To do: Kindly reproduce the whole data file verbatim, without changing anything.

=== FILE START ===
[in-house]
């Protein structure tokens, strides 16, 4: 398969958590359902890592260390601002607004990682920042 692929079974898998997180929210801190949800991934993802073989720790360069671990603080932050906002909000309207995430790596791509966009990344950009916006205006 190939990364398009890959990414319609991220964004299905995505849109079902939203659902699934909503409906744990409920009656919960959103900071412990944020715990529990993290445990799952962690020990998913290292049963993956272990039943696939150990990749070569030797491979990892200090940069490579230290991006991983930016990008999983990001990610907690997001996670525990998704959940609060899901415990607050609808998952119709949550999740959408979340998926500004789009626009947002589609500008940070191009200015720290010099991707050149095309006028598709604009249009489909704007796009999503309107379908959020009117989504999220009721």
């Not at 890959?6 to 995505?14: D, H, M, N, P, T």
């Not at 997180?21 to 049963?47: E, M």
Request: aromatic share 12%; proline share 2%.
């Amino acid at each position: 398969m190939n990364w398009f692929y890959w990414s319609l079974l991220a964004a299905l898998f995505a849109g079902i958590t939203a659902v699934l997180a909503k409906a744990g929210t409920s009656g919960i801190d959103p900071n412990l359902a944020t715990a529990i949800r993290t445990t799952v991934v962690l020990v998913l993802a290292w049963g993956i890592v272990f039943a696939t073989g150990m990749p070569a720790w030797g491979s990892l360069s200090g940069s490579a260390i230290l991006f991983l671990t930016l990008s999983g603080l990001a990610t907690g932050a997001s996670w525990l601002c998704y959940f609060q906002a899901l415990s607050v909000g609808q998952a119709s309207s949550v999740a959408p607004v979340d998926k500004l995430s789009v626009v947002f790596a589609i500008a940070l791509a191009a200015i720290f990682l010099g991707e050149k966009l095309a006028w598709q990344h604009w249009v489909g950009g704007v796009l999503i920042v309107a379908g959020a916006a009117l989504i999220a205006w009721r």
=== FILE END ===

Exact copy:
[in-house]
């Protein structure tokens, strides 16, 4: 398969958590359902890592260390601002607004990682920042 692929079974898998997180929210801190949800991934993802073989720790360069671990603080932050906002909000309207995430790596791509966009990344950009916006205006 190939990364398009890959990414319609991220964004299905995505849109079902939203659902699934909503409906744990409920009656919960959103900071412990944020715990529990993290445990799952962690020990998913290292049963993956272990039943696939150990990749070569030797491979990892200090940069490579230290991006991983930016990008999983990001990610907690997001996670525990998704959940609060899901415990607050609808998952119709949550999740959408979340998926500004789009626009947002589609500008940070191009200015720290010099991707050149095309006028598709604009249009489909704007796009999503309107379908959020009117989504999220009721």
């Not at 890959?6 to 995505?14: D, H, M, N, P, T």
């Not at 997180?21 to 049963?47: E, M």
Request: aromatic share 12%; proline share 2%.
């Amino acid at each position: 398969m190939n990364w398009f692929y890959w990414s319609l079974l991220a964004a299905l898998f995505a849109g079902i958590t939203a659902v699934l997180a909503k409906a744990g929210t409920s009656g919960i801190d959103p900071n412990l359902a944020t715990a529990i949800r993290t445990t799952v991934v962690l020990v998913l993802a290292w049963g993956i890592v272990f039943a696939t073989g150990m990749p070569a720790w030797g491979s990892l360069s200090g940069s490579a260390i230290l991006f991983l671990t930016l990008s999983g603080l990001a990610t907690g932050a997001s996670w525990l601002c998704y959940f609060q906002a899901l415990s607050v909000g609808q998952a119709s309207s949550v999740a959408p607004v979340d998926k500004l995430s789009v626009v947002f790596a589609i500008a940070l791509a191009a200015i720290f990682l010099g991707e050149k966009l095309a006028w598709q990344h604009w249009v489909g950009g704007v796009l999503i920042v309107a379908g959020a916006a009117l989504i999220a205006w009721r």